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Inspiration Meets Opportunity During National Hispanic Heritage Month

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The period from September 15th through October 15th is National Hispanic Heritage Month, which celebrates Hispanic and Latino Americans’ contributions and achievements. This celebration starts mid-month because it began in 1968 as a commemorative week, and in 1988, it was extended to a full month.

Hispanic and Latino Americans make up an incredibly diverse group of cultures. They comprise nearly 60 million people and represent Americans with cultural ties to all Spanish-speaking and Latin American countries and dependencies. It should come as no surprise that their contributions to the business world have been rich and varied!

Latino entrepreneurship in the Americas began over 500 years ago before our country was even founded. Some of the first Latino-owned enterprises in the United States included ranching, farming, and shop ownership.

Today, many of our country’s most innovative and disruptive entrepreneurs are from Hispanic and Latino backgrounds.

Linda Alvarado

Linda Alvarado built her fortune from scratch in the traditionally male-dominated field of construction. Based in Denver, Alvarado’s eponymous company specializes in multi-million-dollar commercial, government, and industrial projects. In 1993, Alvarado became both the first Hispanic American and the first woman to be part of a successful bid for a Major League Baseball franchise.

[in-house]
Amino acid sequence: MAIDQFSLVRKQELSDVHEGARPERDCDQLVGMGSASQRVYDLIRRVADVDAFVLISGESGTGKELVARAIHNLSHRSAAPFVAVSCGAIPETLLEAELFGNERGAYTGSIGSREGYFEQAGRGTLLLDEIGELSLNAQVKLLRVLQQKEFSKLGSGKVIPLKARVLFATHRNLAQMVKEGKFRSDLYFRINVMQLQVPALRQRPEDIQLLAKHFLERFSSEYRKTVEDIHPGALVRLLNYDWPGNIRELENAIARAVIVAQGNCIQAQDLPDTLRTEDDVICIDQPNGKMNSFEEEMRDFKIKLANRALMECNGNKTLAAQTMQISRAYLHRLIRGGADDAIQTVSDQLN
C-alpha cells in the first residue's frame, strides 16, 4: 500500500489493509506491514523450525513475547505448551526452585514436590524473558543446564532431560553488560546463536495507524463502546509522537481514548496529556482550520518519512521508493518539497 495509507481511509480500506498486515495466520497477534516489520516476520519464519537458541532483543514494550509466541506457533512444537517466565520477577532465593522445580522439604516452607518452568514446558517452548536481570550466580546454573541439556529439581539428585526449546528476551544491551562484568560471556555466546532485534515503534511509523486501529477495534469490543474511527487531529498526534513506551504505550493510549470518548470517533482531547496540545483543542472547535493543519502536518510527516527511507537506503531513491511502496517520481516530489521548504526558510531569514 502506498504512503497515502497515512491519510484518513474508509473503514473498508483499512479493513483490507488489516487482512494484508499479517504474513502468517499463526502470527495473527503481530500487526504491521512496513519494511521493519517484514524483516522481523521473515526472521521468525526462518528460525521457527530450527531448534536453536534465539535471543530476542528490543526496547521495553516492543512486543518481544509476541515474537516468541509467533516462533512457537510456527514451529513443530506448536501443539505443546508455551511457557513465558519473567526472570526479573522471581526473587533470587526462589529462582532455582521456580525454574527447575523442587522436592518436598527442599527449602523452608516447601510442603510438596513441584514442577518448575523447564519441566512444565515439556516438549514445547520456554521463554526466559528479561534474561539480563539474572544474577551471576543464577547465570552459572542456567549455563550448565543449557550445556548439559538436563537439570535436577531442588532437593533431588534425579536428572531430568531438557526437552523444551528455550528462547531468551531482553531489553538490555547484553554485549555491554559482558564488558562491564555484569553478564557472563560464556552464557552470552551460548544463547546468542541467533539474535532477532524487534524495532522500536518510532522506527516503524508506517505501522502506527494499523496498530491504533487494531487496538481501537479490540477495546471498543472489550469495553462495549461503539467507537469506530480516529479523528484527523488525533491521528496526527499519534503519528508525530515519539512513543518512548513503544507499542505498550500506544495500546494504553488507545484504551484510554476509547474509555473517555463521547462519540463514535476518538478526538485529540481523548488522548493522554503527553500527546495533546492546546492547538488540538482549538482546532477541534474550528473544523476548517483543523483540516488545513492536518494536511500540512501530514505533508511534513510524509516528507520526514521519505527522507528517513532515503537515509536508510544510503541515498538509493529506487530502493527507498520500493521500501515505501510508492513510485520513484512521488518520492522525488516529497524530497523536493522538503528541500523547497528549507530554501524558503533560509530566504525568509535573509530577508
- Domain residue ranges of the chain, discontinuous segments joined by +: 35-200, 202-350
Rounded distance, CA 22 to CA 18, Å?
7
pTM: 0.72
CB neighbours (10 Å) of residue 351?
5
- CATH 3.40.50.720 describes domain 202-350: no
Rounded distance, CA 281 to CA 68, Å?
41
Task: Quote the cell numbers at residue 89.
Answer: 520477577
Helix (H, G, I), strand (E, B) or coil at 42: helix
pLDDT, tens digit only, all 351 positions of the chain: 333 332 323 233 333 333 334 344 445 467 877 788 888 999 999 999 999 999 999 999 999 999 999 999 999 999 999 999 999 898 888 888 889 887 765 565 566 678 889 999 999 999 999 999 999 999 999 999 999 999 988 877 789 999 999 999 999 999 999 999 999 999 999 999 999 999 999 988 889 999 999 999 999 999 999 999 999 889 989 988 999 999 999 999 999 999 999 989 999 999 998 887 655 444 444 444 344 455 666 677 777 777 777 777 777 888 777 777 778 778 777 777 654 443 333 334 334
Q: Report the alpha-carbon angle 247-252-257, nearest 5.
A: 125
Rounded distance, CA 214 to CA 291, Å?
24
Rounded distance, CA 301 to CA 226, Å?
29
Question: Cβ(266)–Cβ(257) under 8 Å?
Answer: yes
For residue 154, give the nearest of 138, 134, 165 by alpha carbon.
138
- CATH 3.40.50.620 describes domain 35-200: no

Marcelo Claure

Although best known today as the COO of SoftBank International and former CEO of Sprint, the Bolivian-born Claure earned his billions by founding Brightstar Corp in Miami in 1997 and turning it into an empire. Brightstar began as a global wireless distribution and services provider, and is now the global leader of end-to-end device lifecycle management systems.

Alberto "Beto" Perez

Beto Perez invented Zumba in his hometown of Cali, Columbia after showing up to teach a fitness class and forgetting his videotapes. After some initial success, Perez moved from his native Columbia to Miami to pursue the American dream, and the rest is history. Zumba is now one of the most successful fitness disciplines in the world. Perez’s innovative distribution model is often credited for Zumba’s success and staying power.


 

Middle-aged entreprenur couple

Like entrepreneurs across all demographics, most Hispanic and Latino entrepreneurs are small business owners. Latino small business owners today are the fastest-growing demographic of American entrepreneurs. They have founded more businesses than any other demographic over the past decade.

Many Hispanic and Latino Americans have found success in franchising. As recently as 2018, Hispanic Americans accounted for 10% of all franchise business owners, compared to 7% of non-franchised business owners, per an International Franchise Association (IFA) report. However, Hispanic and Latino Americans are still underrepresented in the franchise space relative to their demographic size. This presents an excellent opportunity for Hispanic and Latino business owners as our economy rebounds.

Here at FranFund, this month is especially important to us, given our Fort Worth, Texas location, and our commitment to diversity and inclusion. We celebrate Hispanic and Latino Americans’ contributions to our country’s culture, and we encourage you to do the same. Happy Hispanic Heritage Month!

 

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